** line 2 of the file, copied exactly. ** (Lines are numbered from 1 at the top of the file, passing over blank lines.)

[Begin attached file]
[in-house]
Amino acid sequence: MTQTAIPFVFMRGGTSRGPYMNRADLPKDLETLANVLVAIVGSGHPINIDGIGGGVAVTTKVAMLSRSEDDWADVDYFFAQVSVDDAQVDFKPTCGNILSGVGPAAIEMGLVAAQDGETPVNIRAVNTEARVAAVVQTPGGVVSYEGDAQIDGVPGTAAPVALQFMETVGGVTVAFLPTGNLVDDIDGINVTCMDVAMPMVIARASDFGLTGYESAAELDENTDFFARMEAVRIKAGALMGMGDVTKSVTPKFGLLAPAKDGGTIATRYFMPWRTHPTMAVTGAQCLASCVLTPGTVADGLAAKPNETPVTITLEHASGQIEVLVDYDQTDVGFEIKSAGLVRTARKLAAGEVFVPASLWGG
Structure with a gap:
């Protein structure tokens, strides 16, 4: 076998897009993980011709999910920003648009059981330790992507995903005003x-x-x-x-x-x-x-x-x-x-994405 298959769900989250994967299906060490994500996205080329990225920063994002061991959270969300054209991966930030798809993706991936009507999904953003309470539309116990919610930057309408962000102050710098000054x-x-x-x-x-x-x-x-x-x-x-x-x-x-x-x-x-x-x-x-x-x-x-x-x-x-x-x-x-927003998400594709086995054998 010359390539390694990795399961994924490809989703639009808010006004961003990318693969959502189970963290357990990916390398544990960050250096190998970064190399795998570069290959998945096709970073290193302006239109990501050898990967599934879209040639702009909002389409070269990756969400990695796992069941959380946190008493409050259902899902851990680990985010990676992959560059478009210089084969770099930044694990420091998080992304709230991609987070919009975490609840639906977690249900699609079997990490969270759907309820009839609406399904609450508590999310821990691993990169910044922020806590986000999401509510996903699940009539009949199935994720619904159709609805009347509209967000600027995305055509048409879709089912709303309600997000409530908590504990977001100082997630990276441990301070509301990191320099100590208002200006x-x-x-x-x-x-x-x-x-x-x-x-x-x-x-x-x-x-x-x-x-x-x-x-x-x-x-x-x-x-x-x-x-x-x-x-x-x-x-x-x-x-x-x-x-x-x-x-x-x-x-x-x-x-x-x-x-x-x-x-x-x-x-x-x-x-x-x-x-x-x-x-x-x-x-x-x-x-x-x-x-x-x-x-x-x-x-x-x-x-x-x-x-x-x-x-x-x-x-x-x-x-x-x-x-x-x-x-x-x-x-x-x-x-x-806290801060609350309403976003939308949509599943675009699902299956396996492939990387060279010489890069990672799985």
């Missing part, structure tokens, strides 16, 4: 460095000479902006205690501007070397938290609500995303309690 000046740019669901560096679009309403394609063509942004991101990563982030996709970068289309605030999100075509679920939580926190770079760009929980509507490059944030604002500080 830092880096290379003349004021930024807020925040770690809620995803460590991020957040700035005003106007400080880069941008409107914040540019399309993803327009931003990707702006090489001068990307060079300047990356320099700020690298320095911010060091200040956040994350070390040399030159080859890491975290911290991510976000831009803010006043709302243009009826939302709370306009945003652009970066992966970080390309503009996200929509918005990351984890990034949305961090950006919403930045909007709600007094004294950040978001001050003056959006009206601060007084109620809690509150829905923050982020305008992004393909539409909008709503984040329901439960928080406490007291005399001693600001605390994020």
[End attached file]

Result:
Amino acid sequence: MTQTAIPFVFMRGGTSRGPYMNRADLPKDLETLANVLVAIVGSGHPINIDGIGGGVAVTTKVAMLSRSEDDWADVDYFFAQVSVDDAQVDFKPTCGNILSGVGPAAIEMGLVAAQDGETPVNIRAVNTEARVAAVVQTPGGVVSYEGDAQIDGVPGTAAPVALQFMETVGGVTVAFLPTGNLVDDIDGINVTCMDVAMPMVIARASDFGLTGYESAAELDENTDFFARMEAVRIKAGALMGMGDVTKSVTPKFGLLAPAKDGGTIATRYFMPWRTHPTMAVTGAQCLASCVLTPGTVADGLAAKPNETPVTITLEHASGQIEVLVDYDQTDVGFEIKSAGLVRTARKLAAGEVFVPASLWGG